On the bottom of the unit are two slots for microSD cards and at the center is the micro USB jack for charging the Questyle QP1R. If you click any of my photos, you can see a higher resolution image that showcases the high precision and quality in manufacturing of the unit. As a longtime photog, it is great to see such fine craftsmanship. It also means there was very little Photoshopping needed to 'fix' any problems that were missed during QC at the Foxconn factory.
The Questyle comes in a sturdy box that is magnetically kept shut. Included within the box are the QP1R unit, a standard micro USB to USB cable, 3.5mm to TosLink adapter, cleaning cloth and warranty booklet plus an owner's manual. The owner's manual smells like when I unbox a new pair of Nike or Adidas sneakers. No, really, it does. As for what that has to do with anything, I dunno, yet you rarely read about the scent of something within an audio equipment review; so there ya go. As for the overall styling, I love the gloss black on the front and black of the unit. It exudes elegance. Questyle Audio Technology's QP1R main casing is CNC'ed out of aluminum and is available in Space Gray or Gold-like color, yet not true gold or rose gold.
Pushing The Rhythm Forward
My listening notes below are with the incredibly resolute, high definition Noble Kaiser 10 with Double Helix Symbiote SP 8 silver IEM cable. I did use the Audeze LCD-3 Steampunk Edition and OPPO PM-3 planar magnetic headphones plus other CIEMs. So how does the Questyle QP1R sound? Am glad you asked, because what is a review without listening notes? At first it sounded a bit bright and sharp, yet 120 hours of burn-in and things became nicely balanced. So with over 120 hours of use and digging right in, I chose FLAC files ranging from the typical 16-bit/44.1kHz and higher plus those encoded with Sony's proprietary DSD format. First up is Donald Fagen's loveable album Nightfly. Voices within the song "Maxine" have excellent multi-track vocal delineation and resolution. The inner resolution is outstanding! Each layer is extraordinarily well-defined and has its own acoustic space within the mix. Bass is powerful, strong and driving. The driving force is, once again, due to the way the Questyle QP1R 'pushes' the rhythm forward. It is as if there is a microsecond advance within the leading edge of the instruments structure when it is to be resolved and reproduced within the music's intricate fabric. There was never the slightest hint of stress or strain in the bass.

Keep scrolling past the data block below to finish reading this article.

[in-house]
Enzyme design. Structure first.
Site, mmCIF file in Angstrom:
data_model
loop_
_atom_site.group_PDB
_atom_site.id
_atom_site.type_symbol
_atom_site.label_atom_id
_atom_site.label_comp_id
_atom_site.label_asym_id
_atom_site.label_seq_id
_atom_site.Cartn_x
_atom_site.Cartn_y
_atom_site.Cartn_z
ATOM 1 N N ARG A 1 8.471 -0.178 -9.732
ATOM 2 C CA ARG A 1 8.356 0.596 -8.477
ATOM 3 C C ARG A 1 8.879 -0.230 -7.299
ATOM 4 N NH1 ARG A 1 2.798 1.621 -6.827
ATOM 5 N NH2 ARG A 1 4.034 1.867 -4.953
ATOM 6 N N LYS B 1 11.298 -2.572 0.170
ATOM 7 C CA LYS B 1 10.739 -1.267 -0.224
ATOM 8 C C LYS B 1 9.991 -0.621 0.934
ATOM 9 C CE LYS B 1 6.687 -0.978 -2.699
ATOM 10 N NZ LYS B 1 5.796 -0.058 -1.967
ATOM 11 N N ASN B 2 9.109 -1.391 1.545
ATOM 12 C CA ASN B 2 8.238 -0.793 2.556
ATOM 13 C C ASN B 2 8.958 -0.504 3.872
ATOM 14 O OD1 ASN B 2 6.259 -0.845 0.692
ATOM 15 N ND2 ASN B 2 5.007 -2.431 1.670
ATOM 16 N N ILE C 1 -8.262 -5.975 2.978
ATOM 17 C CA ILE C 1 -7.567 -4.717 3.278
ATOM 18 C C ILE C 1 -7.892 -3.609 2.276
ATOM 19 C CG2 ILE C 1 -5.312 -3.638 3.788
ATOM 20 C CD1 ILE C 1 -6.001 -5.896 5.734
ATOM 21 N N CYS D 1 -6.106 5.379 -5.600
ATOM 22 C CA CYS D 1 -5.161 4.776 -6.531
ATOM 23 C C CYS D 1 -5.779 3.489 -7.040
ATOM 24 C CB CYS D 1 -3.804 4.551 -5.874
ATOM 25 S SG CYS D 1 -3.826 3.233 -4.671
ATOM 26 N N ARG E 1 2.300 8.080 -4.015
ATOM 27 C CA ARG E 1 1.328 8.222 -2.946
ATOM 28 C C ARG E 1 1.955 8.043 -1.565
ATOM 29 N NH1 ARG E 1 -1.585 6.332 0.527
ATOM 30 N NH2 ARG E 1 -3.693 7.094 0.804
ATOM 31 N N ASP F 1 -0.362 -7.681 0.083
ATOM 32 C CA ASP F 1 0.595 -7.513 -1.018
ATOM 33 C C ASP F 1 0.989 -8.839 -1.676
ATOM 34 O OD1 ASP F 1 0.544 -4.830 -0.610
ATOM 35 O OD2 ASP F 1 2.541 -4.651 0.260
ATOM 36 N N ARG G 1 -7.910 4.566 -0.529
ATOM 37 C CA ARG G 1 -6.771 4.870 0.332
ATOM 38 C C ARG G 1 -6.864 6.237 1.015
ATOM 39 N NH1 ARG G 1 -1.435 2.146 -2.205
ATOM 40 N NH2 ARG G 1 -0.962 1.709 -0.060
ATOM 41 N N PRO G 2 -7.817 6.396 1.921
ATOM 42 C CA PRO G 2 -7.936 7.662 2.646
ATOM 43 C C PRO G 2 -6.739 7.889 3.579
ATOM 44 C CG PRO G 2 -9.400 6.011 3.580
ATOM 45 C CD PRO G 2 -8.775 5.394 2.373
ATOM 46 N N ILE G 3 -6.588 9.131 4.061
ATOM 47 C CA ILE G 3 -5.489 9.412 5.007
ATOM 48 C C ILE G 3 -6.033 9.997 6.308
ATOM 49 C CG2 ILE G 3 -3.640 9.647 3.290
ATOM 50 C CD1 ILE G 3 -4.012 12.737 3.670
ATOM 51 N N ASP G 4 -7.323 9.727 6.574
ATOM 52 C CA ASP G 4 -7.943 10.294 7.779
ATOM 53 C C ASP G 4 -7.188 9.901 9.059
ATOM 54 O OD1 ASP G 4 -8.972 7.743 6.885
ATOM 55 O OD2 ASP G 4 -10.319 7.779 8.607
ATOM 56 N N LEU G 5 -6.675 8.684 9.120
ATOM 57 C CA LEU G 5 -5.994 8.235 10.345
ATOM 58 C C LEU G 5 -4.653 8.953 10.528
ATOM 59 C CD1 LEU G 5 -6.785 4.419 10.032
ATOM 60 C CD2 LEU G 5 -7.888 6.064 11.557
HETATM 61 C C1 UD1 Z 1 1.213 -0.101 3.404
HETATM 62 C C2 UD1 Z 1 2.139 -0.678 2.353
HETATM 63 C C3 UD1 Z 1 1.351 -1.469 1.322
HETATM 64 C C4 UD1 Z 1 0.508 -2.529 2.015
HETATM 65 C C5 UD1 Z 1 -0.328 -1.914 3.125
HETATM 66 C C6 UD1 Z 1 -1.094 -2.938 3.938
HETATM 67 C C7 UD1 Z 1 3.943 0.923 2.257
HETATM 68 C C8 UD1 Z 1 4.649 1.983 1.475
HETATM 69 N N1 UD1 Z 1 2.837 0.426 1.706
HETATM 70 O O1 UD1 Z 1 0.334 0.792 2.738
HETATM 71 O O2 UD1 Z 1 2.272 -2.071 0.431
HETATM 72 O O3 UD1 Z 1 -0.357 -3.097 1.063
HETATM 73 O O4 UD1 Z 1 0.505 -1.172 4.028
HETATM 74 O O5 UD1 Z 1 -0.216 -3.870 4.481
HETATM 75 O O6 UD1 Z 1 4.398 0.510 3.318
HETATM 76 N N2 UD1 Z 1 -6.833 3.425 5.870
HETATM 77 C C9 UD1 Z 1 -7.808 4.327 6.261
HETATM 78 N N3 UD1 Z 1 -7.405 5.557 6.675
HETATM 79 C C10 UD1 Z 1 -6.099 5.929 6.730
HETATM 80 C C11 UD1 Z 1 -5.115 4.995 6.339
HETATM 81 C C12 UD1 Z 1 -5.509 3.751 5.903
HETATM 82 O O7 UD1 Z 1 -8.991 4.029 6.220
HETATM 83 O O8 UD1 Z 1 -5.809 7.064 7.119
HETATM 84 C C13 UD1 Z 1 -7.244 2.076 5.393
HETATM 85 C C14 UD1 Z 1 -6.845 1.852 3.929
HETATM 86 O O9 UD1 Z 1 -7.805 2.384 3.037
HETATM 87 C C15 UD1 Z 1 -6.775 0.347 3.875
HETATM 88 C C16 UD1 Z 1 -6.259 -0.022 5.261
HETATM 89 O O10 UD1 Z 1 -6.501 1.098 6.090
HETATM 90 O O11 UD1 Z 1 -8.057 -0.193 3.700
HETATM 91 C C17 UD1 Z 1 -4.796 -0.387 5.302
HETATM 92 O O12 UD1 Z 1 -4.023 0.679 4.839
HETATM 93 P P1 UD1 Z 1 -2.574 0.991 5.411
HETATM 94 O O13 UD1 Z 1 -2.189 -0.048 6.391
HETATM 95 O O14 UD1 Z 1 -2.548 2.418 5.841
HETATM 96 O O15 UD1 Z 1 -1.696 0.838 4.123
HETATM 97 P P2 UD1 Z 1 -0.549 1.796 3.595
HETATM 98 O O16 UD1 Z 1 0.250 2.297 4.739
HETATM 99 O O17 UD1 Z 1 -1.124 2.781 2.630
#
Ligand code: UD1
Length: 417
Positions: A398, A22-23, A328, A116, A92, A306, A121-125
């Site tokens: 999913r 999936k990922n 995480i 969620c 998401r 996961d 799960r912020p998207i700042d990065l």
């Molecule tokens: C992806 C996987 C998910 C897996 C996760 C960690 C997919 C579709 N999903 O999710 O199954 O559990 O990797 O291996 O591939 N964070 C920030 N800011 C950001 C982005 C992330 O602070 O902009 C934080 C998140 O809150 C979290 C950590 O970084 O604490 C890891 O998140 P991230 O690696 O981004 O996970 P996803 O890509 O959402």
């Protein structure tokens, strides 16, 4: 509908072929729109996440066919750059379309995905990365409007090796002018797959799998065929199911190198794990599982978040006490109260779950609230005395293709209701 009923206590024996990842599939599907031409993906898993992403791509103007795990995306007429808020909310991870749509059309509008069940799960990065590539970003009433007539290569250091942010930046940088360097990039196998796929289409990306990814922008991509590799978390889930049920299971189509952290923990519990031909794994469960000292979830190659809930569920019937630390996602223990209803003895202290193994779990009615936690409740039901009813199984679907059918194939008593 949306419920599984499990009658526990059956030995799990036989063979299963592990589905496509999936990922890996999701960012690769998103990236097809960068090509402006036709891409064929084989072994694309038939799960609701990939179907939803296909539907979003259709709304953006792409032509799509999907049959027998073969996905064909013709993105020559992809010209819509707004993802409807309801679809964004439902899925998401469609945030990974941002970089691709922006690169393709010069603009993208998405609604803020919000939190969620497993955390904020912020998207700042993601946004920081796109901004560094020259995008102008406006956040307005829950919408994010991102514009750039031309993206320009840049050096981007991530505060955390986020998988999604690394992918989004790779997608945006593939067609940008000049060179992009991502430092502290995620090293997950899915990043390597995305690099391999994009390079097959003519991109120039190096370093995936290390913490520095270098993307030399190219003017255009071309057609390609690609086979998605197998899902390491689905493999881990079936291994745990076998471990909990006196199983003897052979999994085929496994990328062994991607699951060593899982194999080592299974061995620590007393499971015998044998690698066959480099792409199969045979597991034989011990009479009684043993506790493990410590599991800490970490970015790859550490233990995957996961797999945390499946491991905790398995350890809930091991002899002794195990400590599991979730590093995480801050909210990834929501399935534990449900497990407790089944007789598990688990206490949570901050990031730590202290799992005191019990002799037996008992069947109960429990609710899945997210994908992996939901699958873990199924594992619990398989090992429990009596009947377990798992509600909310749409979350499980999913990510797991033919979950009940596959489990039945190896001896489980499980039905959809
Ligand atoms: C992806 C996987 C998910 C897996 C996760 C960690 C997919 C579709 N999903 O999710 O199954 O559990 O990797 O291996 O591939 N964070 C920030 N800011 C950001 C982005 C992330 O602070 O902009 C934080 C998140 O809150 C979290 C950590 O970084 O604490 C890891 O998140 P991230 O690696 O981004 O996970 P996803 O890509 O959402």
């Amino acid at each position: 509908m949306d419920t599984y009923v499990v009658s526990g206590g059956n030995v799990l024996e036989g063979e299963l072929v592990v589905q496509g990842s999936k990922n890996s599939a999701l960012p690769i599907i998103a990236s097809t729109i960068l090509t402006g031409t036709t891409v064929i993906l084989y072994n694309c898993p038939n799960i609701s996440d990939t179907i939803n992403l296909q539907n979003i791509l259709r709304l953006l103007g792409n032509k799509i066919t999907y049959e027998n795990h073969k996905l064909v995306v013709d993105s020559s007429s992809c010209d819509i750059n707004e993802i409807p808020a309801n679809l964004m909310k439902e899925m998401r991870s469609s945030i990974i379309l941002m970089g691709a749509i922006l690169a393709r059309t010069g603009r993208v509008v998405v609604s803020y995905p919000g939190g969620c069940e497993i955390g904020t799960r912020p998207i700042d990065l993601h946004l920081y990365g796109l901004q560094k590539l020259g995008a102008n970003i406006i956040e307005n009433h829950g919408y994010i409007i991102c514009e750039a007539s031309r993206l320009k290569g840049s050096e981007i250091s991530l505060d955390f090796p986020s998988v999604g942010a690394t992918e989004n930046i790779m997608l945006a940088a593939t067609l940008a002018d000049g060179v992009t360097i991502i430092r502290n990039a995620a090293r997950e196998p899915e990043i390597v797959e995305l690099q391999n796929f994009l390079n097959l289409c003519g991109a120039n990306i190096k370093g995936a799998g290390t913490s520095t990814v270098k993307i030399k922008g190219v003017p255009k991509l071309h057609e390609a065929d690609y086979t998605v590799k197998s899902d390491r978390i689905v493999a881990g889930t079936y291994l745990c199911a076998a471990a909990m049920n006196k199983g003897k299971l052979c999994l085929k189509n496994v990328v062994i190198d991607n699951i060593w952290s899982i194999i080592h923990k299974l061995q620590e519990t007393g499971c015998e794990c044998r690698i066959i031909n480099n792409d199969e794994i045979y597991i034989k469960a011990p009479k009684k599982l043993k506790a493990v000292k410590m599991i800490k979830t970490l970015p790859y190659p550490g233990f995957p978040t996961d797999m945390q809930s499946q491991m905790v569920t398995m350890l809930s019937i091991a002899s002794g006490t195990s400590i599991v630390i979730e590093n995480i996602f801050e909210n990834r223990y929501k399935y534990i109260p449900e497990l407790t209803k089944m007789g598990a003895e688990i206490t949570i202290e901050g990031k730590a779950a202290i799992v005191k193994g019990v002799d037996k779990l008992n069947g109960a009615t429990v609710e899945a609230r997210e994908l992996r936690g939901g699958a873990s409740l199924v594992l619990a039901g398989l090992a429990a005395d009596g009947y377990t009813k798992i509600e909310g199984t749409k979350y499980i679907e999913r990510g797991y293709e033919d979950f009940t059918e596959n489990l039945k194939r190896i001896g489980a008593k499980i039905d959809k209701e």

On the song "New Frontier" there is a newfound toe-tapping dance that gets my head bobbing with the music. Questyle's QP1R is triumphant at keeping all the musical bits in proper order and resolved clearly and cleanly. Questyle's QP1R killed it in the groove department. While it might not be the very best of the best in microdynamics, it gets very close with any CIEM I used. It is impressive at delivering all the small details and keeping the notes and vocals hanging there until the very end. With only 130 hours on her at this stage, I have a feeling another 130 could be the trick needed to get some more micro dynamic release as notes fade in volume into a dark background. Speaking of which, there is not a hint of hiss or background noise, which gives the music a clean window to shine through.